The environment is the biggest talking point in fashion right now, as designers and brands wake up to the fact that they can no longer afford to operate in an unsustainable way. An important part of that shift includes the sourcing of eco-friendly alternatives to the virgin materials they’ve been guzzling up, or the synthetic fabrics that are releasing microfibres into our water supply and damaging the ecosystem.
From Stella McCartney to H&M Group (which aims to use only recycled or sustainably sourced materials by 2030), a whole wave of brands are turning to start-ups using cutting-edge processes to transform industrial and agricultural waste into eco-friendly textiles.
“We’ve seen year-on-year increases in new products containing recycled polyester (+176 percent), organic cotton (+63 percent), Econyl (+111 percent), and countless others as the industry diversifies its fabric options,” says Francesca Muston, director of fashion at trend forecasting agency WGSN.
From faux leathers made from fruit and vegetable fibres to regenerated nylon made from fishing nets, industrial waste has never been so on trend. Here are seven exciting new sustainable fabrics soon to be in your wardrobe.
Burberry detachable hood Econyl trench, £790, burberry.com
Created in 2011 by Italian textile manufacturer Aquafil, Econyl was initially favoured by swim and sportswear brands like Speedo and Adidas. It is now being embraced by luxury fashion houses though, thanks to its likeness to traditional nylon in both quality and appearance. Made from discarded fishing nets and scraps of fabric destined for landfill, Econyl is made using a chemical recycling process in which plastic waste is broken down into polymers, before being turned into a nylon yarn that can be recycled over and over again without ever losing its quality. Prada released a line of nylon bags in Econyl last June and plans to substitute all its nylon products with Econyl by 2021, while Burberry launched Econyl trench coats in August, and luxury hosiery label Wolford sells fishnet tights and socks made from the material.
Silk isn’t the most damaging textile, but the chemicals used in traditional production can be a low-level pollutant if released into the environment untreated. Orange Fiber aims to provide a better alternative though. Founded by Italian fashion graduates Adriana Santanocito and Enrica Arena, the start-up manufactures the world’s first fabric made entirely from citrus waste. Made by extracting citrus cellulose from peel by-products and turning it into a silky yarn, the fabric has been used by Salvatore Ferragamo as well as in H&M’s Conscious Exclusive range.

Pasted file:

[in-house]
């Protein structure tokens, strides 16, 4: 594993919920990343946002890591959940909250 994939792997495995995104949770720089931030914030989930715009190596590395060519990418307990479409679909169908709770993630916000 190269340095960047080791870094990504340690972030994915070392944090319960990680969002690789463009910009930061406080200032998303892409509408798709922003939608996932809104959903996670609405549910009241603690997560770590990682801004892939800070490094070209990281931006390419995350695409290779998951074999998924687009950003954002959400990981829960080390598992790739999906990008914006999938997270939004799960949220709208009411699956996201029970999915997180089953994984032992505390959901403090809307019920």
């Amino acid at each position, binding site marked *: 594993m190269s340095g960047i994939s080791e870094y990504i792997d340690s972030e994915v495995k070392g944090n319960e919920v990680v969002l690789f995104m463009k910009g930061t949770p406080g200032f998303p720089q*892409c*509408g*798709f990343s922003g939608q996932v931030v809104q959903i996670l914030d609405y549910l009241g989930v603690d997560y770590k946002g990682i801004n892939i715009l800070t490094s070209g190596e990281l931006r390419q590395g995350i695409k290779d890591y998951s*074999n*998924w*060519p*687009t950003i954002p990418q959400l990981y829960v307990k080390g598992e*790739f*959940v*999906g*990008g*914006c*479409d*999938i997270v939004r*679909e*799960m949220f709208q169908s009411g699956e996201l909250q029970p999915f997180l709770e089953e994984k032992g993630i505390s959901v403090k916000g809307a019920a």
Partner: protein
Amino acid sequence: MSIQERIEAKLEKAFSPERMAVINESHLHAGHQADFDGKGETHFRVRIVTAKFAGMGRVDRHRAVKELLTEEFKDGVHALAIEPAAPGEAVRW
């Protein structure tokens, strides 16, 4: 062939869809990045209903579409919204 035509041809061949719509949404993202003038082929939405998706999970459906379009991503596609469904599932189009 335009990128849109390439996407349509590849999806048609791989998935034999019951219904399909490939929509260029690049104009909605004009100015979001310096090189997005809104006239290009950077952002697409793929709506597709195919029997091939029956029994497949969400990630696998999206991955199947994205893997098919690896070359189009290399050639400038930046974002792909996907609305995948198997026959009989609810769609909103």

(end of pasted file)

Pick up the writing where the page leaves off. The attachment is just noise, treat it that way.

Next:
A soft and durable leather substitute developed in the Philippines by Dr Carmen Hijosa, Piñatex is made from pineapple leaves. Fibres are extracted from leaves, which are normally discarded during the pineapple harvest, and turned into a mesh that can be manipulated to resemble leather. H&M, Hugo Boss and Paris-based vegan shoe brand Mats Rombaut have all used the material in footwear collections, while Chanel created a gold boater hat made entirely from felt and Pinatex for its Egyptian-themed 2018/19 Metiers d’Art collection.
Developed by San Francisco-based bioengineering company Bolt Threads, Mylo is another faux leather made from the mycelium cells found in mushrooms. The mycelium grows in a tray with additional nutrients until it becomes spongy and is then compressed, dyed and tanned to give it its leather-like finish. Stella McCartney has already worked with Mylo on a prototype of her Falabella bag, which was displayed at the V&A’s Fashioned from Nature exhibition.
Another creation from Bolt Threads, Microsilk is a lab-grown silk inspired by the silk produced by spiders to weave their webs. The synthetic silk is made by mimicking the proteins of spider silk, inserting the DNA into yeast, sugar and water in a fermentation process. Stella McCartney has already used the material to create a gold knit cocktail dress that she exhibited at MoMA in 2017 and is working with the company on future collections.
Zilver apple leather jacket, £790, zilver.com
Working with apple orchards in the Italian Alps, Italian company Frumat turns apple waste into a biodegradable vegan faux leather so convincing it won the Technology and Innovation Award at the 2018 Green Carpet Fashion Awards in Milan. The material has been used by Brazilian sustainable brand Zilver for biker jackets and trousers, as well as by footwear brand Po-Zu which introduced apple skin trainers last August.
Corozo nut and milk protein buttons
As well as looking for eco-friendly alternatives to fabrics, sustainably focused brands are also considering alternatives to plastic elements like buttons. Brands including Ralph Lauren, J. Crew, Banana Republic and Folk are among those to have started using Corozo, a supplier of buttons made from the corozo nut native to South America, while Phoebe English used buttons made from casein - a naturally occurring protein in milk - in her Spring/Summer 2020 collection. The protein is cured and hardened in sheets, from which the buttons are cut.